A BRIEF HISTORY OF THE JUMPSUIT
Some fashion trends come and go, very few have staying power. However the jumpsuit has adapted and evolved over the years, and is now an iconic piece of clothing that will never go out of fashion.
In 1919 jumpsuits were intended for professionals in aviation, sportsmen, racing drivers etc, until the first ‘all-in-ones’ were introduced to women by Coco Chanel in the 1920’s. The trend started as ‘lounging pyjamas’ and then transitioned into wide-leg trousers for ladies to wear while yachting, which then naturally became resort wear and ‘beach pyjamas’. Women wore these ‘jumpsuits’ over swimwear for strolling the promenade!
At first, only the most affluent women wore them on on holiday on the beaches of the Riviera, but by the 1930’s the style had become more widespread. Women in America adopted the trend after seeing their favourite screen stars wearing them on film, like actress Ann Southern (left).
During the 1940s women started wearing more practical jumpsuits or ‘overalls’ or ‘coveralls’ as they were then called, as they were drafted into do men’s work during WW11. At first they wore the men’s factory clothing, but it soon became clear that this was impractical, so the ‘overalls’ were adapted for women and designed to fit women’s bodies. Also known as ‘rosies’ they were made in denim or cotton twill. The ‘coveralls’ were also designed to offer more protection, with long or short sleeves, fitted at the waist with large pockets for tools etc. Many women at home also had them to jump into when a siren went off at night, when they were in their pyjamas, as they were comfortable and quick and easy to get into.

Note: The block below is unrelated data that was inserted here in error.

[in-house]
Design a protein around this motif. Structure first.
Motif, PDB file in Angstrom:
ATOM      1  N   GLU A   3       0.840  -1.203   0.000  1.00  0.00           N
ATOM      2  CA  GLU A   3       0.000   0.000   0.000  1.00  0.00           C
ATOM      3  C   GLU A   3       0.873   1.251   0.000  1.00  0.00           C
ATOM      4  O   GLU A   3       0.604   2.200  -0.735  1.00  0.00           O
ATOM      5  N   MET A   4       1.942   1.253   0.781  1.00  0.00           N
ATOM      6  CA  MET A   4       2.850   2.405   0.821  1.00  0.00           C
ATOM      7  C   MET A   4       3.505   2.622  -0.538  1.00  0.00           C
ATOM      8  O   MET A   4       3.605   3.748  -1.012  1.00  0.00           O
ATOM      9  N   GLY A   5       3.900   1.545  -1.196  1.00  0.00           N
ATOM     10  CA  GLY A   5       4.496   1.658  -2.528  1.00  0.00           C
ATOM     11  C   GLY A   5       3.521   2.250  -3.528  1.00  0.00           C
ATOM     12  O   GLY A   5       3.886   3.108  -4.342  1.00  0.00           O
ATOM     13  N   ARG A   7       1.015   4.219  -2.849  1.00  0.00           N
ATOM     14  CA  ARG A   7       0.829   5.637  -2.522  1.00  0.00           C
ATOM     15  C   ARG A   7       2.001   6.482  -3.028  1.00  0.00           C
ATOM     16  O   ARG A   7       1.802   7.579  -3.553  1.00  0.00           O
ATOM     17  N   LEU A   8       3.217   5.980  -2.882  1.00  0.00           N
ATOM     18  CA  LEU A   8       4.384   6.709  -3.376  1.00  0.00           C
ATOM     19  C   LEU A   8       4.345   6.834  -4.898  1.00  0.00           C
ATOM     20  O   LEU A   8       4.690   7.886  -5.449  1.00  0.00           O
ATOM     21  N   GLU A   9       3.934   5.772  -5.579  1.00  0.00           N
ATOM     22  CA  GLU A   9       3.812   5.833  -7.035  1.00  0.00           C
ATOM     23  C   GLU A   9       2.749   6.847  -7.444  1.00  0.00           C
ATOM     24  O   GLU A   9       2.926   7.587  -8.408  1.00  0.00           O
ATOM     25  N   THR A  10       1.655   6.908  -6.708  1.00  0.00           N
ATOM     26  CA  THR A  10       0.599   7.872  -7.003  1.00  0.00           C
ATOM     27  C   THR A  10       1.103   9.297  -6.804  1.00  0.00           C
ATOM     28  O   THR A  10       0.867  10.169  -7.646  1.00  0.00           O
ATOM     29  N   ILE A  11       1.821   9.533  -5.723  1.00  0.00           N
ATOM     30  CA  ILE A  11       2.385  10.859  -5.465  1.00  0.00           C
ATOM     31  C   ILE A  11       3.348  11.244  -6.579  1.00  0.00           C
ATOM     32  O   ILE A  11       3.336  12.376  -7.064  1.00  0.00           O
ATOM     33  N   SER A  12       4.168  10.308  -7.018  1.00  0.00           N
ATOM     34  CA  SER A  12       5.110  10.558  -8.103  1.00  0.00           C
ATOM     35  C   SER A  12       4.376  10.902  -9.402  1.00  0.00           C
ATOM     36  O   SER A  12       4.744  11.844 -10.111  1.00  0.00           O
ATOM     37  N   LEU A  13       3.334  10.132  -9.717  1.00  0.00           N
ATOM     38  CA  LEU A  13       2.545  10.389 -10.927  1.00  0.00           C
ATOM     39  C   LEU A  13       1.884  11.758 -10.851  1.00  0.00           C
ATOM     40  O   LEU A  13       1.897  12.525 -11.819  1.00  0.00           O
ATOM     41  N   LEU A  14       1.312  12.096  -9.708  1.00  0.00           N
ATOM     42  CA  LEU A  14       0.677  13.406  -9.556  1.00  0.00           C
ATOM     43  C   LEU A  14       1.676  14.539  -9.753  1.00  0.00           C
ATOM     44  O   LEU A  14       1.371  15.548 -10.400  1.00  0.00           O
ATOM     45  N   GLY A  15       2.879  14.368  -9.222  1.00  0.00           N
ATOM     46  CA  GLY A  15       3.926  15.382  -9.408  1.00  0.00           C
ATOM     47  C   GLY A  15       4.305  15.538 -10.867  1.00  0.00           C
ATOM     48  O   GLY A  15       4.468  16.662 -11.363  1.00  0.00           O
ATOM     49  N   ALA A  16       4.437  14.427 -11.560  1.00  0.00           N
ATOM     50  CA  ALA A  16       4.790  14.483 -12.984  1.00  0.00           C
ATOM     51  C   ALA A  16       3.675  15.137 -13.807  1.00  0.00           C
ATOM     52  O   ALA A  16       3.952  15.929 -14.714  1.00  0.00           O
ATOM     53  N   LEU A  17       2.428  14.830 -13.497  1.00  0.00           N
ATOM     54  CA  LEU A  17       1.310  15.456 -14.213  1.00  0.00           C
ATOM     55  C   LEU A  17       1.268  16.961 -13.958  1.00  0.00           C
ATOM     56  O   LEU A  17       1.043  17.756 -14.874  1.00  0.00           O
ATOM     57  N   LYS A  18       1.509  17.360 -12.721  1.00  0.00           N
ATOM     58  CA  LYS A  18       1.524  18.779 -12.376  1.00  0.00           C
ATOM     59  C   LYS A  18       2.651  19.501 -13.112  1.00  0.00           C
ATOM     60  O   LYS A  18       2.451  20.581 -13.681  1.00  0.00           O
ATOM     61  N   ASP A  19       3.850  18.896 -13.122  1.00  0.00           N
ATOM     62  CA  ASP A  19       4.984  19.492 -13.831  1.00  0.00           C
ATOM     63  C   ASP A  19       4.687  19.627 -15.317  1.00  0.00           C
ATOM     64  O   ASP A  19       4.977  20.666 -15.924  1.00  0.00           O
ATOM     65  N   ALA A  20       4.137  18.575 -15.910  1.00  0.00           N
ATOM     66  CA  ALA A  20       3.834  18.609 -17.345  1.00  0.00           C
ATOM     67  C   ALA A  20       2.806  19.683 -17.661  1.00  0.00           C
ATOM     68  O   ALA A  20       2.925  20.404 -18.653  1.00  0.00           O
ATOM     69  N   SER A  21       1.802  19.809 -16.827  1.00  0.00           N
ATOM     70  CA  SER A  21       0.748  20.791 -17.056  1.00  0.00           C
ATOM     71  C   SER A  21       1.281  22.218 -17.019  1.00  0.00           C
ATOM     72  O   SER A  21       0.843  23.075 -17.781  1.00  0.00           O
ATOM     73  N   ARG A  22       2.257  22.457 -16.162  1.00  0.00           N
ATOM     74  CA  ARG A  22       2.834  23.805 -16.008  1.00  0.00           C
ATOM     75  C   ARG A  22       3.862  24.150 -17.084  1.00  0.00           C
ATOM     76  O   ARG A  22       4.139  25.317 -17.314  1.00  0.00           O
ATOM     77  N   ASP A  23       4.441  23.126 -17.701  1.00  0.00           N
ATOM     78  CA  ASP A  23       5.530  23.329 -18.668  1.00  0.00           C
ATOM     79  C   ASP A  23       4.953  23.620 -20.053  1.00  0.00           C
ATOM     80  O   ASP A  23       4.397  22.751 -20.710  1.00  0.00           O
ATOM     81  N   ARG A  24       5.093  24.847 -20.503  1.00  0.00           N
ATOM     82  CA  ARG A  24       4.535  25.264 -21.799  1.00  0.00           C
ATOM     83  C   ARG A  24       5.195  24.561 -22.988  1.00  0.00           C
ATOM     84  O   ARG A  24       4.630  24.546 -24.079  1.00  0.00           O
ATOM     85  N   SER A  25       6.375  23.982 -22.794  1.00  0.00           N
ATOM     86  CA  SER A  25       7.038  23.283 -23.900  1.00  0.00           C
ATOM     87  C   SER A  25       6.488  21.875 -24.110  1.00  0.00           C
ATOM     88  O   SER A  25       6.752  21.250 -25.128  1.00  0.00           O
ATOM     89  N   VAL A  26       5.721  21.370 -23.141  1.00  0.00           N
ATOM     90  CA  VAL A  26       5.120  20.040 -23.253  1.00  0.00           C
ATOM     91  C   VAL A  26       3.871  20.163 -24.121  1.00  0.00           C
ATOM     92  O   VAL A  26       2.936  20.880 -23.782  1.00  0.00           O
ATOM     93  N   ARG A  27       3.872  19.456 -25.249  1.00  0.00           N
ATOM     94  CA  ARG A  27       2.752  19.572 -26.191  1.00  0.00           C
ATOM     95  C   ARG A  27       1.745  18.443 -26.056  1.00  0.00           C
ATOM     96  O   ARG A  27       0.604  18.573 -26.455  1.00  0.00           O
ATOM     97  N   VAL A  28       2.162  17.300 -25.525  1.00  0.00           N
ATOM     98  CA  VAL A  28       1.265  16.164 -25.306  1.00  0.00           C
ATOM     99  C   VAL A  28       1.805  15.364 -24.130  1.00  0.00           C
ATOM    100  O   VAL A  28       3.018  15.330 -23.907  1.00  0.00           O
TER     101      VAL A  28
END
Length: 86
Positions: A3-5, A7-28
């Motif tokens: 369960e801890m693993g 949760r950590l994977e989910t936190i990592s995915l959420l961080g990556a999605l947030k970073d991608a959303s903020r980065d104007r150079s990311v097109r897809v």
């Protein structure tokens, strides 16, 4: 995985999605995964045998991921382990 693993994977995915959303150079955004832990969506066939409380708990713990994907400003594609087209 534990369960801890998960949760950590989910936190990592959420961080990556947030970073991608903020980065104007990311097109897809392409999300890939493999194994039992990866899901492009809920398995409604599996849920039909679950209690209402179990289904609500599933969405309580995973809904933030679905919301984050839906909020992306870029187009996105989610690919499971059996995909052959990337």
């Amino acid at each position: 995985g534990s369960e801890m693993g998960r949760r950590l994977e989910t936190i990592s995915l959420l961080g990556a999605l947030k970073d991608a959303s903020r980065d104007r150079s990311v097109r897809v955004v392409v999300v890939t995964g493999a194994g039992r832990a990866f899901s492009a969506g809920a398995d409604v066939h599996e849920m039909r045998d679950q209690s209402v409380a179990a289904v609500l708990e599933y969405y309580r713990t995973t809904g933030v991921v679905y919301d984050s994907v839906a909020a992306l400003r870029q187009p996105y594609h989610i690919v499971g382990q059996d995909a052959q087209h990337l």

During the 50s and 60s the beach pyjamas style was revived with wide pants or ‘palazzos’ and flares. Celebrities began wearing jumpsuits, and gradually they began to grace the wardrobes of women from all walks of life, as they were such a versatile piece of clothing that could be worn anywhere and any time!
The jumpsuit really came into vogue during the 60s, and slowly made its way into pop culture. Designers like Elsa Schiaparelli (see stripey jumpsuit above) started incorporating the jumpsuit into her avant-garde collections. And celebrities like Elvis Presley and David Bowie, were known for rocking a jumpsuit on stage. They stayed popular throughout the 70s, peaking during the disco era. Jumpsuits were popular for men and women, but the trend continued for women well into the 80s. Their popularity experienced a downturn in the 90s, but now, jumpsuits are back and here to stay! A jumpsuit would be a perfect addition to any up-to-date, hip wardrobe.